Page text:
Knife Party offers a 12-track satirical commentary with ‘Abandon Ship’ [Album Review]
Knife Party slipped into the abyss at the end of last year, and during their period of silence, the pair of producers were hard at work putting together a full-length debut record that has finally reached the wire. The final product, Abandon Ship, reintroduces the former Pendulum members with somewhat comical flair as their album kicks the door off its hinges with 12 genre-spanning selections. But rather than merely resuming their spot atop the dance music hierarchy, Knife Party took the opportunity to point their new music in a commentary fashion, weighing in on the dance music industry as a whole.
The album’s opener, “Reconnect” introduces the LP with a sharp message. “Through every shipwreck comes the chance to begin again,” explains the narrative intro as Knife Party begins their story. The brief introduction sets the perfect precedent for the rest of the album as the Aussie duo return to offer their thoughts on the state of dance music.
“Resistance” is quintessential Knife Party with growling electro-heavy synths and squealing lasers. Knife Party is officially back in action, kicking off their album with a jolting dose of high-octane electro-house. Minimal sample additions accentuate the track, with the simple “This is a knife” exclamation bringing about two piercing breaks.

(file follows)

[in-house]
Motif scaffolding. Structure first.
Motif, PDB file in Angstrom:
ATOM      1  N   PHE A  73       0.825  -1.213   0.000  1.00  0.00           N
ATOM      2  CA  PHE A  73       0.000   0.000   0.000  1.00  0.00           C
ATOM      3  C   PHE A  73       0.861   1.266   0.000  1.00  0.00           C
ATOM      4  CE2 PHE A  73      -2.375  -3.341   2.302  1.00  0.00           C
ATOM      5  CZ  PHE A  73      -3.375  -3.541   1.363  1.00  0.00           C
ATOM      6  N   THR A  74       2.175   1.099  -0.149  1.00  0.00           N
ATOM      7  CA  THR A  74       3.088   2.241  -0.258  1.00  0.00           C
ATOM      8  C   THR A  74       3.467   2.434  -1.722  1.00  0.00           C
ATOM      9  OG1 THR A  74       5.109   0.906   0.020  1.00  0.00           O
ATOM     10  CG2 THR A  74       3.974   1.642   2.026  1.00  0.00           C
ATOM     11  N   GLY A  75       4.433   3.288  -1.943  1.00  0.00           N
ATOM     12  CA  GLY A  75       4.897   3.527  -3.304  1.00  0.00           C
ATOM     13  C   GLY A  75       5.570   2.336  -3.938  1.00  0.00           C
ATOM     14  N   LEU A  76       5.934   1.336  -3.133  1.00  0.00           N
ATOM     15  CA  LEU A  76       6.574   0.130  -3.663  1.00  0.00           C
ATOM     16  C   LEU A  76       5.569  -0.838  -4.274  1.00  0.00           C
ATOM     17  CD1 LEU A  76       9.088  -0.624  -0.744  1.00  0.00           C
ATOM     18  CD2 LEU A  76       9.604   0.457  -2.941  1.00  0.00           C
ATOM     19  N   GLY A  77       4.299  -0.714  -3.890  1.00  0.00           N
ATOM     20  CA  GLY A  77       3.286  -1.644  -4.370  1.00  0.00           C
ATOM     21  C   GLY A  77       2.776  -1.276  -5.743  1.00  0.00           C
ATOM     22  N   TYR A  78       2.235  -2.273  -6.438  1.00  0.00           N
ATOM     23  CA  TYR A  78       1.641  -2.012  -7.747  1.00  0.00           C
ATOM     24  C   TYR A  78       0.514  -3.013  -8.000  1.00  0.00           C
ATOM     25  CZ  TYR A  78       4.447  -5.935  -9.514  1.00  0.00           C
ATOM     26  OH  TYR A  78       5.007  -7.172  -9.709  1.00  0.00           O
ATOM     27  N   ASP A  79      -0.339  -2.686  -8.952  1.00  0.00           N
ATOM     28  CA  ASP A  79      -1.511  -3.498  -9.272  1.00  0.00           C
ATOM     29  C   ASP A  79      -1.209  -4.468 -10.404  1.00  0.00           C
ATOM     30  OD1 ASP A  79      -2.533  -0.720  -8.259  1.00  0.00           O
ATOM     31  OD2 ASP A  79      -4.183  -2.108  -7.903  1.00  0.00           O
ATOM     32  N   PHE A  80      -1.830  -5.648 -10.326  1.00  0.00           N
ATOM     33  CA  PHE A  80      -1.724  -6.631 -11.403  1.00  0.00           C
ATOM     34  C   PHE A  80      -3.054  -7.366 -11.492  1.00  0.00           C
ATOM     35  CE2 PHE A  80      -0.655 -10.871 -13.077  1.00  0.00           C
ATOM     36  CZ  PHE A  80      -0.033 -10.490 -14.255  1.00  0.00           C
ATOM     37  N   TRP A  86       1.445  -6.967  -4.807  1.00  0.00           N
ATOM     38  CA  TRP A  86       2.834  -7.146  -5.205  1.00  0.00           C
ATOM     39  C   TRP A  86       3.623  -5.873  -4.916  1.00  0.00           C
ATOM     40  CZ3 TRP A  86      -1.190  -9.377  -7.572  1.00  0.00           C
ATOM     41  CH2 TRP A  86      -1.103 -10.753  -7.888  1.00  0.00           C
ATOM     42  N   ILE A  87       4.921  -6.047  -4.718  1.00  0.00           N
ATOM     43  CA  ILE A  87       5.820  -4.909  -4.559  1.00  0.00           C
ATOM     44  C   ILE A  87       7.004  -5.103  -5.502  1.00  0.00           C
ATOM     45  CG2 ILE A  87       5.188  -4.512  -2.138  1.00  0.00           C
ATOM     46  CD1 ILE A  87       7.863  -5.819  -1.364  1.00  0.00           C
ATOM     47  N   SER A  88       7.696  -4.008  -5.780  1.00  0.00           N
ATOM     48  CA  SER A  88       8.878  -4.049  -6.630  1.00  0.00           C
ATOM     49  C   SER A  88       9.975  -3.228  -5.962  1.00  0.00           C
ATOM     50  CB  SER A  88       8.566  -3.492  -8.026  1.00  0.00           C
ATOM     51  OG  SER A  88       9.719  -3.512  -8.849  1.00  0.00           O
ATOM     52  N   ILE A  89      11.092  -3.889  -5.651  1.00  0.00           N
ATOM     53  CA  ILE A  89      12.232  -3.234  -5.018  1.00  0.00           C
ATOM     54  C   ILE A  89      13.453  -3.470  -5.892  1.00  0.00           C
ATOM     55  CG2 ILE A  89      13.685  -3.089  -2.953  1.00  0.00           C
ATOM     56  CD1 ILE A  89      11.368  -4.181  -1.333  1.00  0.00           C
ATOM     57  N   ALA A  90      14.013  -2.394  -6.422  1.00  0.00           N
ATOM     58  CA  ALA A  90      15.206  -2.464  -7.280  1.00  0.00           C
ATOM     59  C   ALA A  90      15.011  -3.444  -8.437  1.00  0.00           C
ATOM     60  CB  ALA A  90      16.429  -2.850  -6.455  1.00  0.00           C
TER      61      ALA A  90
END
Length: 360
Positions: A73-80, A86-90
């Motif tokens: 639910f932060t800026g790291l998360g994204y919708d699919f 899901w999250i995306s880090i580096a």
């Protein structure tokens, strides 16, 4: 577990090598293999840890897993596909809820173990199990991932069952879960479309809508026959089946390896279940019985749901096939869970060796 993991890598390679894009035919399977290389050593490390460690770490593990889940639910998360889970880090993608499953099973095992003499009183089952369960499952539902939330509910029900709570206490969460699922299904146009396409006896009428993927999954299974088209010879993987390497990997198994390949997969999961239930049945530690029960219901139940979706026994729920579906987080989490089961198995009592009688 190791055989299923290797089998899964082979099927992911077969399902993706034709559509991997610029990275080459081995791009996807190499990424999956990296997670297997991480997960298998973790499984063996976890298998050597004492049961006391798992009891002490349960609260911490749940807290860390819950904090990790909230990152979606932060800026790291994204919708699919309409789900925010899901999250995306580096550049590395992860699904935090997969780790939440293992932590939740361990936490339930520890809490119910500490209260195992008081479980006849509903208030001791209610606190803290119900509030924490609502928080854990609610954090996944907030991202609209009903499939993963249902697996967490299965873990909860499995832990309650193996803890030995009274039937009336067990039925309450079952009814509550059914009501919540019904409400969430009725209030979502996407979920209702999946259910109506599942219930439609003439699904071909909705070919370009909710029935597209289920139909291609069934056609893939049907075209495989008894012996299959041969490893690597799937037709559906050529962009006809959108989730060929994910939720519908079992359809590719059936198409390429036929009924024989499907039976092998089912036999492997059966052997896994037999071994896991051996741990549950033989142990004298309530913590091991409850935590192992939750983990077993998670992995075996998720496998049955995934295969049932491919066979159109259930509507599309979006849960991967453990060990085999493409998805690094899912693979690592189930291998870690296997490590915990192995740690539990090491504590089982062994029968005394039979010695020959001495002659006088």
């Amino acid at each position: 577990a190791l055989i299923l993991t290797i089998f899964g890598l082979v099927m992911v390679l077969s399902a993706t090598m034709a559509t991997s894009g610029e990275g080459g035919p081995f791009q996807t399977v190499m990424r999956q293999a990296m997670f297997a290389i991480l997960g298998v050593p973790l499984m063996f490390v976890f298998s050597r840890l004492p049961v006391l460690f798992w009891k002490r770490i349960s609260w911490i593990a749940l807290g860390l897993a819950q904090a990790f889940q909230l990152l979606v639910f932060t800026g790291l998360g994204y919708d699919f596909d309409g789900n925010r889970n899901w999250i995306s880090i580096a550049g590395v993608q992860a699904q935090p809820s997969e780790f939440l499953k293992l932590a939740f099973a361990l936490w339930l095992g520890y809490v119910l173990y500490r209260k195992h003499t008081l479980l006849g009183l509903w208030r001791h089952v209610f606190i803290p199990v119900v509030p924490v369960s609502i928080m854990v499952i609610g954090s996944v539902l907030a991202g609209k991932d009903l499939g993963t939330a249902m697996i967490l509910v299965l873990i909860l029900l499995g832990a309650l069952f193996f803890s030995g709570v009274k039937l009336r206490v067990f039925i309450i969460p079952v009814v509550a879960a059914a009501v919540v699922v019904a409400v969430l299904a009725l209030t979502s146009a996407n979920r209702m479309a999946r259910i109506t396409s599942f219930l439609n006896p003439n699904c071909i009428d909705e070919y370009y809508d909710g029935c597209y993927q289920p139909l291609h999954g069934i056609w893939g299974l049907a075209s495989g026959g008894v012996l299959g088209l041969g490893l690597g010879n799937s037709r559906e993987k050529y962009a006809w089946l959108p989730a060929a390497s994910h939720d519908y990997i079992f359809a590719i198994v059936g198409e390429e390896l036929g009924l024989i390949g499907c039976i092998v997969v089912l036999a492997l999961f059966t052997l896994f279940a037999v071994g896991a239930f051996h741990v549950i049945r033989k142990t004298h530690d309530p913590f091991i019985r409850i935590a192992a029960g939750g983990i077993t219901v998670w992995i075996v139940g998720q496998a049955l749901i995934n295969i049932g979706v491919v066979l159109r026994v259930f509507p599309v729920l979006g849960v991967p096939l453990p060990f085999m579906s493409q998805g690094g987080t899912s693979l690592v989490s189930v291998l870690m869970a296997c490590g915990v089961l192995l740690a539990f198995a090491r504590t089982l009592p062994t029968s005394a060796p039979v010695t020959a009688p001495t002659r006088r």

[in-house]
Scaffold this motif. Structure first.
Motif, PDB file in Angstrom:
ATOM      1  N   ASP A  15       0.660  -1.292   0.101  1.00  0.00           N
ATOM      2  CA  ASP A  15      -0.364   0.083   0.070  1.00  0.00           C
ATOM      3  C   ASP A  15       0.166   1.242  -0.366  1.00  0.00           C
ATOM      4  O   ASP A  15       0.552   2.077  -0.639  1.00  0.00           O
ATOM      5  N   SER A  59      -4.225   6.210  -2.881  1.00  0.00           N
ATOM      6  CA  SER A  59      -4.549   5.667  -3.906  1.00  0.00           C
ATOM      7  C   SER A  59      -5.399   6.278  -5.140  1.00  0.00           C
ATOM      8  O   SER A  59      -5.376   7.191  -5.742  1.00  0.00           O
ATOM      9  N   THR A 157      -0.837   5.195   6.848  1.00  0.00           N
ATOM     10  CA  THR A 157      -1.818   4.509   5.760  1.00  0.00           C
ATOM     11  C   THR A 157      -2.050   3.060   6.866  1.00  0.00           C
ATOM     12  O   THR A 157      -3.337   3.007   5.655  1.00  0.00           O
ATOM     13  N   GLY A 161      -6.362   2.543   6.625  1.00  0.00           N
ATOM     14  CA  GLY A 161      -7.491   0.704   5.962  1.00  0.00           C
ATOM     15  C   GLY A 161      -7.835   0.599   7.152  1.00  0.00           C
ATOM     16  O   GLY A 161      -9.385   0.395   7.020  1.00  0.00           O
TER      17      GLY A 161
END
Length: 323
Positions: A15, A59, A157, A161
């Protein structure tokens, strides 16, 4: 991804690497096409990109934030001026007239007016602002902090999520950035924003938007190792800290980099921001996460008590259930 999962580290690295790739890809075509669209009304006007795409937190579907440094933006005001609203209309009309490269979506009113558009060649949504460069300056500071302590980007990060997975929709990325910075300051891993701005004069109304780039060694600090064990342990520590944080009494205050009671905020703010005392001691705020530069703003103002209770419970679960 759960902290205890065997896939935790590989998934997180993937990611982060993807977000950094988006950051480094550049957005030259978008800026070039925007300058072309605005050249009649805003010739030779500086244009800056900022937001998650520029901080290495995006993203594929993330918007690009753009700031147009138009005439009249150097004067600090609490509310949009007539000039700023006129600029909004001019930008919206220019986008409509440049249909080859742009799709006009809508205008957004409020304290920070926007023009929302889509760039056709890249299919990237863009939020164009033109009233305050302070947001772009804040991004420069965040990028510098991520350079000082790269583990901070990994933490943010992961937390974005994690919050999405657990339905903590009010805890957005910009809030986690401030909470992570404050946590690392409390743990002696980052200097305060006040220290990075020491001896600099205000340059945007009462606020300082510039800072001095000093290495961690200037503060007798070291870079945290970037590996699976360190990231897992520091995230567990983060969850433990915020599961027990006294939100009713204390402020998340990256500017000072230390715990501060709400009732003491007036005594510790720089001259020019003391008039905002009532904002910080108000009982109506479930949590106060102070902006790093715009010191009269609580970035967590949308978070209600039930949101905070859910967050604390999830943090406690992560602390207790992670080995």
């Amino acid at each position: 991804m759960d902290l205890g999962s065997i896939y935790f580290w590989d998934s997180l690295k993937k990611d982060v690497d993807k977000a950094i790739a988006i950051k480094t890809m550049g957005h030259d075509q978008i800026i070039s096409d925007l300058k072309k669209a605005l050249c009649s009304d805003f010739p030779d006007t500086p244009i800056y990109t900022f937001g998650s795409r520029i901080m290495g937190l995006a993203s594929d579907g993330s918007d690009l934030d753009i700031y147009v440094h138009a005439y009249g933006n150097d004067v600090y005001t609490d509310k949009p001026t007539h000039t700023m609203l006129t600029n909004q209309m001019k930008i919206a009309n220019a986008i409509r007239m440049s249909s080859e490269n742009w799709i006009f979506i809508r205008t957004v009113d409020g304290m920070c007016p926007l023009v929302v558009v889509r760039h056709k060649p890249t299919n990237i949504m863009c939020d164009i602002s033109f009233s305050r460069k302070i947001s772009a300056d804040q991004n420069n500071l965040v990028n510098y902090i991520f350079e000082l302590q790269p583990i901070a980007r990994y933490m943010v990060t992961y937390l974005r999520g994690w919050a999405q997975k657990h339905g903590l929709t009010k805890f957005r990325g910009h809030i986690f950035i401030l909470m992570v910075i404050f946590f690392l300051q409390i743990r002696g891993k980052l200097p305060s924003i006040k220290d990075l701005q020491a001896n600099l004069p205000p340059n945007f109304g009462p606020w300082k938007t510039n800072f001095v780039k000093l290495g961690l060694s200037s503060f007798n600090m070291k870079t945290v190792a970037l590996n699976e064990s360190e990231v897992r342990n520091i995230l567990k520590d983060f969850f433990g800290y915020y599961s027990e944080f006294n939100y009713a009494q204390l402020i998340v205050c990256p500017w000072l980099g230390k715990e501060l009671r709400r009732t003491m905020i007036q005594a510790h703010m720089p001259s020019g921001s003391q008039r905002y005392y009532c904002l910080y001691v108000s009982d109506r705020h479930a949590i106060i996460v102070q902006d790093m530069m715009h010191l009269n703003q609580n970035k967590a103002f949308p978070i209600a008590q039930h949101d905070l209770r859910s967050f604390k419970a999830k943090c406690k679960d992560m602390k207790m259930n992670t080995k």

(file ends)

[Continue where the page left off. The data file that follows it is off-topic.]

“Boss Mode,” one of the earliest cuts from the album, delivers a shoulder-shaking, upbeat groove, pulling trap elements and injecting them into a contemporary take on drum n’ bass. Thundering kick drums drive the tune forward as the stomping beat dips and wiggles across multiple bass music sub-genres. Knife Party asserts their undeniable dominance with “Boss Mode,” exploiting a slightly different vocal drop on the second break.
Following “Boss Mode,” the Earstorm founders move into the real substance behind their album’s message. The fourth piece on Abandon Ship highlights the somewhat ridiculous nature of how our industry works sometimes. “EDM Trend Machine” scratches between at least four completely different genres, making a classification on Beatport nearly impossible. The track laughs at genre conventions as it frivolously chirps tropical house, pushes deep house, dabbles in big room house, sprinkling electro and nu-disco elements throughout. Knife Party’s year on the sidelines gave the producer pair the opportunity to observe dance music’s trends and niches with very keen eyes and ears, with “EDM Trend Machine” laughing at it all.
The next tune on the album plays on the obnoxious error message when a user can’t connect to a particular server. “404” is snarling electro-house, big-room hybrid, as the name might be intended to reflect a notable disconnect within the dance music community. However it is interpreted, “404” fearlessly blends multiple styles to make for pounding festival weapon.
“Begin Again” is Knife Party’s best stab at progressive house although its tongue-in-cheek, cookie-cutter production style points to the pair’s relatively evident disdain for the formulaic output of today’s “big hits.” Electro-pop at its finest, the tune employs big breaks and melodic vocals as it touches on the popular production styles that are garnering heavy radio play nowadays.